A higher complexity in the CoP adjustments over time has been shown to be correlated with healthy populations (Manor and Lipsitz, 2013). Further, an increase in the complexity of CoP adjustments was observed after 24 weeks of Tai Chi training in healthy older adults (Wayne et al., 2014) and in older adults with peripheral neuropathy (Manor et al., 2013), as well as after 12 weeks of resistance training in patients with cardiovascular disease, diabetes mellitus and osteoporosis (Chen and Jiang, 2014). In our study, we observed the opposite effect after one session of perturbed walking. Because of the findings reported in the literature, the results of our study may be transitory and these immediate neuromuscular adaptations may reverse, producing more complex CoP adjustments after several weeks of training as observed in healthy populations.
Even though, the effects between the intervention and control group on the EnHL values were not significantly different (i.e., no main effect of Group), a significant Group × Direction × Time interaction was observed (Table 2 and Figure 3). Further post hoc analyses revealed a significant difference between the EnHL measured at retention from the values measured at pre-training in the ML direction of the perturbation group. This was the only comparison reaching statistical significance, suggesting that only the perturbed treadmill induced immediate neuromuscular adaptations in the postural control of patients, particularly in the ML direction. Further, the observation of shorter EnHL values in the ML direction compared to the AP direction (Figure 3) may be attributed to the mechanical degrees of freedom involved in postural control as the ML direction provides a larger range of possible mechanical configurations compared to the AP direction. This effect was also observed during quiet bipedal stance in a healthy young population (Federolf et al., 2015).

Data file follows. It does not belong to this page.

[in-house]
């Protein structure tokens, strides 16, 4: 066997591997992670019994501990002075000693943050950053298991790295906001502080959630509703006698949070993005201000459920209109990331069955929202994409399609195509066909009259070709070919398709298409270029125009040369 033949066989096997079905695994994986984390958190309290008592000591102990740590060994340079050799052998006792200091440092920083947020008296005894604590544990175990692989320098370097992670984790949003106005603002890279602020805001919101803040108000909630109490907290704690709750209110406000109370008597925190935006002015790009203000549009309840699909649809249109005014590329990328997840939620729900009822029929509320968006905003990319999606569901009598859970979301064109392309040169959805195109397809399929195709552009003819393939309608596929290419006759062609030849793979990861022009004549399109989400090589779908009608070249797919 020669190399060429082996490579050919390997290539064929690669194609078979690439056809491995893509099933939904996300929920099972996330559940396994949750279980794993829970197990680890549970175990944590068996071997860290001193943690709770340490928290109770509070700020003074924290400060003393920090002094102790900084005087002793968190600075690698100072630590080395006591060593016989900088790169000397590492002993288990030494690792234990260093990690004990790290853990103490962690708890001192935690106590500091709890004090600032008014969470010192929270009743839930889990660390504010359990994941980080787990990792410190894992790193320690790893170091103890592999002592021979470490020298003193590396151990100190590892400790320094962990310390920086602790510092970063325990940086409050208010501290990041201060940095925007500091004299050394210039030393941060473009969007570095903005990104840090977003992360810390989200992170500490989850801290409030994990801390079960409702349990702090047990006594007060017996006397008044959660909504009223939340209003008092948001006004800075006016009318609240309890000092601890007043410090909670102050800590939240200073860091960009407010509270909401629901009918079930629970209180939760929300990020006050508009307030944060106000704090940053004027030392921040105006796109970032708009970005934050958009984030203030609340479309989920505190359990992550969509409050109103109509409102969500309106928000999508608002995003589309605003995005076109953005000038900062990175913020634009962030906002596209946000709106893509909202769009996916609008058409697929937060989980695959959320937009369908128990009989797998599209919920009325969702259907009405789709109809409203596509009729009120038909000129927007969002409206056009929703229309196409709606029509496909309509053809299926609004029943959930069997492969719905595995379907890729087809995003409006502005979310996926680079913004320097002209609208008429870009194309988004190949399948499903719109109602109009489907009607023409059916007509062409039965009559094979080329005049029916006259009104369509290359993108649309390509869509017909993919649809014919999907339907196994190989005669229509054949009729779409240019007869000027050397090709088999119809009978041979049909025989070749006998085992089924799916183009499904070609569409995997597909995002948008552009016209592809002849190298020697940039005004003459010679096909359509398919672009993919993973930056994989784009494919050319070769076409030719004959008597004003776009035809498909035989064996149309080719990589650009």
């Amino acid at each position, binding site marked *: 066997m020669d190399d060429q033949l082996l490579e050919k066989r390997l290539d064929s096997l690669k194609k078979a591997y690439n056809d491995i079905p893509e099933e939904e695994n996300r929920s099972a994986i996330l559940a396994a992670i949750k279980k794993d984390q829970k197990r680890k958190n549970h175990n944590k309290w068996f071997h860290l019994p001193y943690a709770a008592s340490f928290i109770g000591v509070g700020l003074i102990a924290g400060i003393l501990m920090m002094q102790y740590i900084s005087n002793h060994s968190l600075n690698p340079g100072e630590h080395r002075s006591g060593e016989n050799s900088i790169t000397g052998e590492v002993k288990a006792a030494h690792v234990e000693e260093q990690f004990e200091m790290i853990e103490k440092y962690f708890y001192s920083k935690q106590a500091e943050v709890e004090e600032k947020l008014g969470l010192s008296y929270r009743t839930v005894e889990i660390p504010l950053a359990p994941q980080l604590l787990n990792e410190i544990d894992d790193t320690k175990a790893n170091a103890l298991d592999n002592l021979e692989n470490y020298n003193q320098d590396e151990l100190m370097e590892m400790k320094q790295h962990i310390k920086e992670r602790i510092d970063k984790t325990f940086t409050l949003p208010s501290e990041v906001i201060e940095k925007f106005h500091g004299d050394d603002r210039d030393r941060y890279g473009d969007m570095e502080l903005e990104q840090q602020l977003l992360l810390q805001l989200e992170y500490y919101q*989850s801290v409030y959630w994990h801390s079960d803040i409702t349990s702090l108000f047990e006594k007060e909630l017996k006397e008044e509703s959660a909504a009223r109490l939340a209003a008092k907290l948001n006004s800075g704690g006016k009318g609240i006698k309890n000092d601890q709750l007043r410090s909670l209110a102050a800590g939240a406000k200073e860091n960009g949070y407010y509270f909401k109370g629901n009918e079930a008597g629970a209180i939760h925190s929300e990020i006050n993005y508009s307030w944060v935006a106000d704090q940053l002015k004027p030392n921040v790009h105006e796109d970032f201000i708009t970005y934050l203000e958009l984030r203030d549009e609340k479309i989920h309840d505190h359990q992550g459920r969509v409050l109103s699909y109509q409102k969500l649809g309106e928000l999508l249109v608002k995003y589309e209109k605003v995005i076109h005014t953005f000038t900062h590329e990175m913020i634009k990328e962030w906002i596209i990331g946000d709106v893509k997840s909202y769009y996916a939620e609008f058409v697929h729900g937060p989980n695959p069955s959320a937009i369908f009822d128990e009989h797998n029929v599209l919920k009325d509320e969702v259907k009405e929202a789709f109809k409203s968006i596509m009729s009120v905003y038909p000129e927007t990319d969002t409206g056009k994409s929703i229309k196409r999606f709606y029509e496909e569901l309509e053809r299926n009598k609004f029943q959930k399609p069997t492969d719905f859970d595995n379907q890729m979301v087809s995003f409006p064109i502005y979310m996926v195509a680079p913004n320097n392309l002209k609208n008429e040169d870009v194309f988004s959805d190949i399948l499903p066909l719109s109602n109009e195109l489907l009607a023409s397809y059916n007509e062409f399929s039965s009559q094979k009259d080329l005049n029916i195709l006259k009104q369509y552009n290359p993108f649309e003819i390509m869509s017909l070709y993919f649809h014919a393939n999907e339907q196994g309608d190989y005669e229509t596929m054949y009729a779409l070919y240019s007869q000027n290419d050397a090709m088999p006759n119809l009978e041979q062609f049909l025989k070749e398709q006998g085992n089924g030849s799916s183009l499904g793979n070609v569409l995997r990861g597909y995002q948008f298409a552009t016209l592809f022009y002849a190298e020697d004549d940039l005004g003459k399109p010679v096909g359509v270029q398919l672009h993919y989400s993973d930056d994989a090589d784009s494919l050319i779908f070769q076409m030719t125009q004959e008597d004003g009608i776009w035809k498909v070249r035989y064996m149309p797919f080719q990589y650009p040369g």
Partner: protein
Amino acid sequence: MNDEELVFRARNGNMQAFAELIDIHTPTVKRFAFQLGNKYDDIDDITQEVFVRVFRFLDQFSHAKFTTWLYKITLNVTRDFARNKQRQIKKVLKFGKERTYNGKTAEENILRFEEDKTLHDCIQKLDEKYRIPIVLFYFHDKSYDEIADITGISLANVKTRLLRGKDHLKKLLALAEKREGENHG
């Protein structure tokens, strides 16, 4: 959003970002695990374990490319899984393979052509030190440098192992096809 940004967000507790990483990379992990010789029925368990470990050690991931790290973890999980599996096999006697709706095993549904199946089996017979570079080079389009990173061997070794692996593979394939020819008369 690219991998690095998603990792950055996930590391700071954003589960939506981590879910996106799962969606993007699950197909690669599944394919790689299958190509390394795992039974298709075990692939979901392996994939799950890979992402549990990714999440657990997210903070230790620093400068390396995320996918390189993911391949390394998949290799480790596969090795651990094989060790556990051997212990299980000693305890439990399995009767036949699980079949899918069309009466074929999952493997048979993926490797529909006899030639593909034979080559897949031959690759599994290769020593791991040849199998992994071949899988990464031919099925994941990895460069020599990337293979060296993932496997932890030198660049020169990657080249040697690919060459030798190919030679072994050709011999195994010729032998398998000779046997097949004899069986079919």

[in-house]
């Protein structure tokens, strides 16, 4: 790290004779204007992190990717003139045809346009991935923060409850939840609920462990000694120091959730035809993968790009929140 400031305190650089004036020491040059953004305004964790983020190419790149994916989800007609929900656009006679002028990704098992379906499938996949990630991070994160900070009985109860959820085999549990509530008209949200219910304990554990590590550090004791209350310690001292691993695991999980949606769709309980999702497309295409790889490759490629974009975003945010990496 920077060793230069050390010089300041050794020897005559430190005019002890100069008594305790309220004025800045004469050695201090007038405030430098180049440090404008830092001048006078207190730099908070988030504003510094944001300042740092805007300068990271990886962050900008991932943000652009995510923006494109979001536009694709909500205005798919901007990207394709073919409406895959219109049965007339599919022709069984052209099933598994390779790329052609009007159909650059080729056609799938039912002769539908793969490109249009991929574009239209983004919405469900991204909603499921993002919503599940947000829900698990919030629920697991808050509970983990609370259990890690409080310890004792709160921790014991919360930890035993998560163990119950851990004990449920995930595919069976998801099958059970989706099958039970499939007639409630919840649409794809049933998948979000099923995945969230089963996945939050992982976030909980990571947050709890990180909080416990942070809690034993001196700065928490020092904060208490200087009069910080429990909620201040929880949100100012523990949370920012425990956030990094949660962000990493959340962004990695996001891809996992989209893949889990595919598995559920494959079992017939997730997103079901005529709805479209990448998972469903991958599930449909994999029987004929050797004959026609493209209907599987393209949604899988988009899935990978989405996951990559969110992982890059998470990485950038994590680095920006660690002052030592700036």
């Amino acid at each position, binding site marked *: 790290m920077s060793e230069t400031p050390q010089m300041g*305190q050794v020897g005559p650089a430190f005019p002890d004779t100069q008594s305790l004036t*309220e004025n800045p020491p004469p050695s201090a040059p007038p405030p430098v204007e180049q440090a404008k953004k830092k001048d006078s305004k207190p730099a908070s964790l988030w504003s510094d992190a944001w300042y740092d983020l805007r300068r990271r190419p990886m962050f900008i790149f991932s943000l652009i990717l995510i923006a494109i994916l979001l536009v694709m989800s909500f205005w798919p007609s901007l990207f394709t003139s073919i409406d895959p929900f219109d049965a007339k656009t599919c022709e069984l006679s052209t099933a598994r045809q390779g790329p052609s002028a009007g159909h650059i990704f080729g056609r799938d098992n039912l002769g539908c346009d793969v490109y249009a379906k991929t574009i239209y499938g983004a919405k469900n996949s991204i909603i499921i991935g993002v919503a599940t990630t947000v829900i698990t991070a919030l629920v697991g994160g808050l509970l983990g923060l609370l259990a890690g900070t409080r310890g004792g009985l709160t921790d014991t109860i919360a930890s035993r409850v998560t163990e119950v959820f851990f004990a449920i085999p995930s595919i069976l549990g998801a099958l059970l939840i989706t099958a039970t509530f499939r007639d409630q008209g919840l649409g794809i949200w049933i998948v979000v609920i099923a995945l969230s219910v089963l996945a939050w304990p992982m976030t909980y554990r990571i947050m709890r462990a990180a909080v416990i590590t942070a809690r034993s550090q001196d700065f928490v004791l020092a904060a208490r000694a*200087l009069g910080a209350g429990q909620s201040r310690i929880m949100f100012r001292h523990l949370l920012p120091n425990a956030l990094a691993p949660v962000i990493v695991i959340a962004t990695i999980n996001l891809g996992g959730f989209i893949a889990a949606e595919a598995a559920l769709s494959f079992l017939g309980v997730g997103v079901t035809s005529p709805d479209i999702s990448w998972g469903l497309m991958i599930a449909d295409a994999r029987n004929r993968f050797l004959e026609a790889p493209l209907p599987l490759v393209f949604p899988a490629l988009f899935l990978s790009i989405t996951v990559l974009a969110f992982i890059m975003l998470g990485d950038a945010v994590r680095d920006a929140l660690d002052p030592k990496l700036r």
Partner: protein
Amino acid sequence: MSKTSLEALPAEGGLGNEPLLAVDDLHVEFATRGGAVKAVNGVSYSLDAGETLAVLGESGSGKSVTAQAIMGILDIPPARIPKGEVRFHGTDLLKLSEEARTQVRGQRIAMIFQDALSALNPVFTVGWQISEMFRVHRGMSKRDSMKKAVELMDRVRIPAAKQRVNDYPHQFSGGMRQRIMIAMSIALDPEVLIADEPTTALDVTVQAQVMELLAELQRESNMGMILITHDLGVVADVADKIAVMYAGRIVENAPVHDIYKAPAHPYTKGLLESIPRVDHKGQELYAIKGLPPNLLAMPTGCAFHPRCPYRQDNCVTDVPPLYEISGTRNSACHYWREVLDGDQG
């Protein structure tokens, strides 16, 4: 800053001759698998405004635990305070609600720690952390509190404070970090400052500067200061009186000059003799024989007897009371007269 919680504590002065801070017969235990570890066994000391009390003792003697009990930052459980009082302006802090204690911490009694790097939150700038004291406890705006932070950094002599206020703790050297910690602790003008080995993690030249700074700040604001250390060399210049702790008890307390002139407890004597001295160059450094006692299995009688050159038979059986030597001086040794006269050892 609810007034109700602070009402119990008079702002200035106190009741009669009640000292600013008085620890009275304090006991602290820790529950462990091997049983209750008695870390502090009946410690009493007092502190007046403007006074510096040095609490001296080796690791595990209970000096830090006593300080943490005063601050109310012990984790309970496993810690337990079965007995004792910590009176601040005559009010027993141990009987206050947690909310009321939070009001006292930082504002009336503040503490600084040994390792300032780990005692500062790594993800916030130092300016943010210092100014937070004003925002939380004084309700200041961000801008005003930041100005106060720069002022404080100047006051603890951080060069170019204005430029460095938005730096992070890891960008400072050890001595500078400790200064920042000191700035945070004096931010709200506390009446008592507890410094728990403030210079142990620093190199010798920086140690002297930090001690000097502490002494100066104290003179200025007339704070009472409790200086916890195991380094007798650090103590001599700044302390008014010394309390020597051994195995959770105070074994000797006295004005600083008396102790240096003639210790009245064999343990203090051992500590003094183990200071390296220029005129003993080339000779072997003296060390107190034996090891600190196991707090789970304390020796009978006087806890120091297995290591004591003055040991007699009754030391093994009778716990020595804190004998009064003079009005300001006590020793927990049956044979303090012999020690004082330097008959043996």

A limitation of this study is the lack of an experimental condition with closed eyes due to protocol constraints. Postural adjustments during the eyes closed condition may differ from eyes open condition as patients with PD may compensate impaired sensorimotor functions by relying more on visual feedback. Further investigations should focus on evaluating immediate changes of perturbed walking in the complexity of CoP adjustments during the eyes closed condition. The lack of a healthy control group prevents the direct comparison of the EnHL values measured in patients with PD against healthy individuals. Involving a control group may help in understanding how the adaptations observed during each treatment compare to healthy populations. Finally, the proportion of female and male participants in this study was statistically different between the two groups (p = 0.022, Table 1). This bias in gender composition could contribute to the observed differences in dynamics of CoP adjustments, which warrants further investigation in a larger and gender-balanced cohort of participants.